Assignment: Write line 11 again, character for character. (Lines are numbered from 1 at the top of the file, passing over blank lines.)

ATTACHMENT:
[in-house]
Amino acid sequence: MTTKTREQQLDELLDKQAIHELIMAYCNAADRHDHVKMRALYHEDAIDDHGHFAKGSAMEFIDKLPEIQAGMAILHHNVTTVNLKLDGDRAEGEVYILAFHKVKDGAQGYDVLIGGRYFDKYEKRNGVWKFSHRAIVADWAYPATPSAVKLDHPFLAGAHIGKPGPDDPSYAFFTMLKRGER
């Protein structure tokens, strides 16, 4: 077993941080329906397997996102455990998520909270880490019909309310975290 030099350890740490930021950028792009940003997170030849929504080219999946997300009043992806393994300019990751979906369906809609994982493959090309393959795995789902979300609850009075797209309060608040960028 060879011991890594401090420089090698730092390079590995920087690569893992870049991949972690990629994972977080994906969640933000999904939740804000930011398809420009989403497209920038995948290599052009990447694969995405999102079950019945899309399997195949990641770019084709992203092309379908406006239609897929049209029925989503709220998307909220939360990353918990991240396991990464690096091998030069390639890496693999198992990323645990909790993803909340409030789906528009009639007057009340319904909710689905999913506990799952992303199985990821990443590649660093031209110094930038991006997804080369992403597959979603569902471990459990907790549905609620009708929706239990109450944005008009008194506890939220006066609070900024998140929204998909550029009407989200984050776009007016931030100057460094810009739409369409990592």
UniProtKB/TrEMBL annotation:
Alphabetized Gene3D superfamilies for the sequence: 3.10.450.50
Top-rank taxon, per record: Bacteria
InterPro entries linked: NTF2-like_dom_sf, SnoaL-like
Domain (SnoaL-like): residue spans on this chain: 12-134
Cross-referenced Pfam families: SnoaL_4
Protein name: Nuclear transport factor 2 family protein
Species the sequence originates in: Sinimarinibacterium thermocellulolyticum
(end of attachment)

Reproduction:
Species the sequence originates in: Sinimarinibacterium thermocellulolyticum